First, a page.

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Leave options and other workplace arrangements
Employees who are victims of domestic and family violence can access various flexible work options and other support under the following provisions:
Employees experiencing domestic and family violence can access various flexible work options and other support under the following provisions
- working part-time
- flexible working arrangements
- leave without pay (By-law 16)
- recreation leave at half pay
- long service leave at half pay (see By-law 8.10(b))
- personal leave
- applying for leave
- accessing employer funded support from the Employee Assistance Program (EAP) for domestic and family violence purposes
- also check your Enterprise Agreement Domestic and Family Violence provisions.
Arrangements may be for a set period of time and the employee should be followed up to review their ongoing circumstances.
- Miscellaneous leave
Domestic and family violence leave is accessed in accordance with By-law 18 – miscellaneous leave and is in addition to other leave entitlements. Domestic and family violence leave will count as service.
Miscellaneous leave for domestic and family violence may be used to request time off for the following reasons, but there are other provisions available:
- finding safe accommodation
- attending court hearings
- accessing legal advice
- organising alternative care or education arrangements for their children
- other related purposes approved by the CEO.
- Working part-time
The employee can apply to work part-time for a period of time. Subject to the relevant enterprise agreement, the CEO and the employee will agree in writing on a regular pattern of part-time work, ie agreed hours, specifying hours worked each day, days of the week, and starting and finishing times each day.
Flexible working arrangements
Flexible work arrangements are designed to accommodate an employee’s personal commitments or needs. Flexible work arrangements are negotiated together and then approval is given. These may include varying work times, contact numbers or locations as part of a safety plan.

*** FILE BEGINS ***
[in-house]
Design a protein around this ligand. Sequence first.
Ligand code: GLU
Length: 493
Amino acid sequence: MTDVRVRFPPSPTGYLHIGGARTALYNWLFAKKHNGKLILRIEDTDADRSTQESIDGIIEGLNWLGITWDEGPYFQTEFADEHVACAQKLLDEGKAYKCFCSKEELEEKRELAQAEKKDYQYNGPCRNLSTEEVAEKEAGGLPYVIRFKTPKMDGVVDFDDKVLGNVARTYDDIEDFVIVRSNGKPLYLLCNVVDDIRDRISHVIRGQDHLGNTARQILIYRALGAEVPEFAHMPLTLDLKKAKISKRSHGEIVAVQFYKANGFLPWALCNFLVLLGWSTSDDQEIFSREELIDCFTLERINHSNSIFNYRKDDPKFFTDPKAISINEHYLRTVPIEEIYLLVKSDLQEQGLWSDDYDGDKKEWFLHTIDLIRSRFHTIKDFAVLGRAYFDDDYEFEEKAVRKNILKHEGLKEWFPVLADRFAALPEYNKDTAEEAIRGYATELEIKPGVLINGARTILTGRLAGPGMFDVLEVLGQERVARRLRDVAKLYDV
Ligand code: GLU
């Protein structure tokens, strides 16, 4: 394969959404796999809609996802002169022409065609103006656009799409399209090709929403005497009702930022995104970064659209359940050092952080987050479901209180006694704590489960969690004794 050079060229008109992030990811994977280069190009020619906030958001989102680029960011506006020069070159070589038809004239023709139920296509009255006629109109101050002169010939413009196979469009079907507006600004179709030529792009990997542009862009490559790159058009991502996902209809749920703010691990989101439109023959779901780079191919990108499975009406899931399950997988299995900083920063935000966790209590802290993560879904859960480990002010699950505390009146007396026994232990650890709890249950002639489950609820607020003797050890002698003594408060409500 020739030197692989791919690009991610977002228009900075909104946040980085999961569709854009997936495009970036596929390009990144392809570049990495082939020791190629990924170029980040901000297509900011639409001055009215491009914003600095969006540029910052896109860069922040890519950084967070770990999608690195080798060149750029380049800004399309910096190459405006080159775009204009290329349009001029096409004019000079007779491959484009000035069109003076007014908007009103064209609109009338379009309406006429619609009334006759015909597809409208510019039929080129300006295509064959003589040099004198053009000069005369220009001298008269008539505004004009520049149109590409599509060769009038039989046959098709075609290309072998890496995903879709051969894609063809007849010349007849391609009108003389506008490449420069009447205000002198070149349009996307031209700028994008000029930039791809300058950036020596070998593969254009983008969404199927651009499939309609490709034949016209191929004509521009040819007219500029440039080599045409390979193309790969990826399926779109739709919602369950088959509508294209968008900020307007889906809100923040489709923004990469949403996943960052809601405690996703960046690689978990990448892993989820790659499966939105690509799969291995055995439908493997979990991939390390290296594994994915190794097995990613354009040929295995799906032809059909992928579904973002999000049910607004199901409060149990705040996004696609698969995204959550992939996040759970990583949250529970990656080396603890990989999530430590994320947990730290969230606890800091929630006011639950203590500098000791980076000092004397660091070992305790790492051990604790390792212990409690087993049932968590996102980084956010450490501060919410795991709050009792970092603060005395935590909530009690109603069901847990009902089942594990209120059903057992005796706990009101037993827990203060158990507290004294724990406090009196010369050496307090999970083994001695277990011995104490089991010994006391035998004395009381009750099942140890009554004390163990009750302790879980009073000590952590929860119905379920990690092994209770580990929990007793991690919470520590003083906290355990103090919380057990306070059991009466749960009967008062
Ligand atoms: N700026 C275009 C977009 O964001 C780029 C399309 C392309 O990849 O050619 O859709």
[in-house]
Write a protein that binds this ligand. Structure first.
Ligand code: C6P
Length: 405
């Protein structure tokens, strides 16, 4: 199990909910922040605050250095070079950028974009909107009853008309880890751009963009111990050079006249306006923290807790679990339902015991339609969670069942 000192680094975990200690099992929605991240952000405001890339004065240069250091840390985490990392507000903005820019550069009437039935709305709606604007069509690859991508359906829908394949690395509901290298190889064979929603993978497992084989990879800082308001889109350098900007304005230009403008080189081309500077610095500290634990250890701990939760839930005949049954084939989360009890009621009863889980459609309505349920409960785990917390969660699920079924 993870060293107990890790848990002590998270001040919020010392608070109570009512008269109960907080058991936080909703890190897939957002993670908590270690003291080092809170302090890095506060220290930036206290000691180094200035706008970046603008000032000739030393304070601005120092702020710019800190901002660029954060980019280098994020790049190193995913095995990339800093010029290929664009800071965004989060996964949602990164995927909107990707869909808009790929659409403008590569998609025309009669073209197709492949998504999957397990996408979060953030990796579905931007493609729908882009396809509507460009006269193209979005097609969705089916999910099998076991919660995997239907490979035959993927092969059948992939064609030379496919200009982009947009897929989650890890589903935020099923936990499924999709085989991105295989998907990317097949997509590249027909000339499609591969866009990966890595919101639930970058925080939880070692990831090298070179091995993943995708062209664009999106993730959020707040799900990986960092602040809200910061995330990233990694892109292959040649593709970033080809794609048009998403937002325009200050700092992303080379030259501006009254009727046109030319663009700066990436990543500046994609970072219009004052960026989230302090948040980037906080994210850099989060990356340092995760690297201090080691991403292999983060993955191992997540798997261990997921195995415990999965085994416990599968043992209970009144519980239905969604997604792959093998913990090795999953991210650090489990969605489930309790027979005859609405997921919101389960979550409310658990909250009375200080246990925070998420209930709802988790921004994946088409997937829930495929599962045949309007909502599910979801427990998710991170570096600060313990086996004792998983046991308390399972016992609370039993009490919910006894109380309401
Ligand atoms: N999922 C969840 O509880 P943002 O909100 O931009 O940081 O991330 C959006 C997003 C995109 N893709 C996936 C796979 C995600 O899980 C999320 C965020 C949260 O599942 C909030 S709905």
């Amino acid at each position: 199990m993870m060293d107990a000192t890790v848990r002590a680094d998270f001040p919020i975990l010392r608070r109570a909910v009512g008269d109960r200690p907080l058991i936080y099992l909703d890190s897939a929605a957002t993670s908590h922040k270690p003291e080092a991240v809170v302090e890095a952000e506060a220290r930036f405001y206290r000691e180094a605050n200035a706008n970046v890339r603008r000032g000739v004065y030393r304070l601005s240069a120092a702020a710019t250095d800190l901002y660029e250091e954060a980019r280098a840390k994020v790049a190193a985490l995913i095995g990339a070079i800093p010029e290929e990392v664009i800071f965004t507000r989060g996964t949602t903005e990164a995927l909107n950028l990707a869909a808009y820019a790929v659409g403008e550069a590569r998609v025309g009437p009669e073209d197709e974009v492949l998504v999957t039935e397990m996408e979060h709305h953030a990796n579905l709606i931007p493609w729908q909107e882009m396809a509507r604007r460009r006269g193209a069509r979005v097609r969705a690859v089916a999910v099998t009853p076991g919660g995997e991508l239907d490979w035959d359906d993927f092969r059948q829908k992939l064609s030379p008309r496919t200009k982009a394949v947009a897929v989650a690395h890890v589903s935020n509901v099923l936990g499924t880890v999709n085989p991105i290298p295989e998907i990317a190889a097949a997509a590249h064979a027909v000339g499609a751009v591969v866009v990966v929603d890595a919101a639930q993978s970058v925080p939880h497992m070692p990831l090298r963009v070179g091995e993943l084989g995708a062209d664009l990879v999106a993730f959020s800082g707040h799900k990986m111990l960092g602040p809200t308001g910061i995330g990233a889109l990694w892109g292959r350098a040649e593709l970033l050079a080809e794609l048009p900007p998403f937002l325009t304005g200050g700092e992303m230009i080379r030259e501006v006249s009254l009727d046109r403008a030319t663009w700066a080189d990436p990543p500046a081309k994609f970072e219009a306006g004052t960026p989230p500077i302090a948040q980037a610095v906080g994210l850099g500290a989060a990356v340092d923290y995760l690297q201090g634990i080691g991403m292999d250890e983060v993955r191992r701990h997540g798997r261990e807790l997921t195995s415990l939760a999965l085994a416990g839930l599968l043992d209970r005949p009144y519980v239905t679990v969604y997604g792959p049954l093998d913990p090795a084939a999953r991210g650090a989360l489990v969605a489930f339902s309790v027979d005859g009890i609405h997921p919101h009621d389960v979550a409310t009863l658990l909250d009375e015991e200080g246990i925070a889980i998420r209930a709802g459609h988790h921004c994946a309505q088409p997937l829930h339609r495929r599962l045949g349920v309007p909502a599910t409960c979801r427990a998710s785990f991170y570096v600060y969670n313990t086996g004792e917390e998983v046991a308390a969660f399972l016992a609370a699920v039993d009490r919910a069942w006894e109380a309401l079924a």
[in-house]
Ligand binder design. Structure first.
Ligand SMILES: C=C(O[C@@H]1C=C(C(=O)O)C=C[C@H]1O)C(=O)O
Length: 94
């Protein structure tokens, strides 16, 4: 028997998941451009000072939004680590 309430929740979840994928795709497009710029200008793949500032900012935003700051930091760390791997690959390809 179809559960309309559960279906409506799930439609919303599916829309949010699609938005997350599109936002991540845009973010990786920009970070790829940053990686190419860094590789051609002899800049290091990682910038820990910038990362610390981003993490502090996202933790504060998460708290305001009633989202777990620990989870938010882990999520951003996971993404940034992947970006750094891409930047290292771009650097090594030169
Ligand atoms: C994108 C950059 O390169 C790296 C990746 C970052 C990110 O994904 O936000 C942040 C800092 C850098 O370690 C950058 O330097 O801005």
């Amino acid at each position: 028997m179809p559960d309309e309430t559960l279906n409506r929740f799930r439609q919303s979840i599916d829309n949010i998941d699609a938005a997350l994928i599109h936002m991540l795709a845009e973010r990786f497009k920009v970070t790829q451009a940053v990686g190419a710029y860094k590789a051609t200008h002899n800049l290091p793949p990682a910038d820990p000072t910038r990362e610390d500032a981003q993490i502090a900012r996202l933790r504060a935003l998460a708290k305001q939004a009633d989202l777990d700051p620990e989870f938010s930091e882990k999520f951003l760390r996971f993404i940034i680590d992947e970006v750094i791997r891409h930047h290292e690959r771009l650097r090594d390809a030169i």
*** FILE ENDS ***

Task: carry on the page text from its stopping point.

Leave without pay (By-law 16)
If the employee requires an extended period of leave, away from the workplace for example, to stay with family interstate, they can apply for leave without pay. Leave without pay will not break continuity of service.
- and f. Recreation leave
long service leave at half pay
If required an employee can apply for recreation or long service leave at half pay to extend time away, in accordance with the relevant enterprise agreement.
Employees should utilise personal leave for an illness or injury caused by domestic and family violence and seek treatment from a medical practitioner, including counselling services to ensure they receive necessary care and support.
Where an employee has exhausted all personal leave the CEO may grant additional personal leave at half pay where the absence is at least one (1) day, subject to relevant enterprise agreement and all relevant circumstances.
Applying for leave and other workplace support
Applications for miscellaneous leave will be dealt with confidentially and sensitively, according to the mandatory reporting requirements and managers will ask the employee if a report has been made.
To ensure employees are comfortable disclosing any evidence, the confidentiality requirements specified under ‘Confidentiality and disclosure’ are provided to ensure that only one manager/HR officer sights any evidence and that employees will not be required to re-submit any evidence.
Employee Assistance Program (EAP)
Victims of domestic and family violence are encouraged to check the relevant Enterprise Agreement or talk to their HR officer about accessing a range of providers through the employer funded support available from the EAP.
- Enterprise Agreement
Check your Enterprise Agreement Domestic and Family Violence Provisions.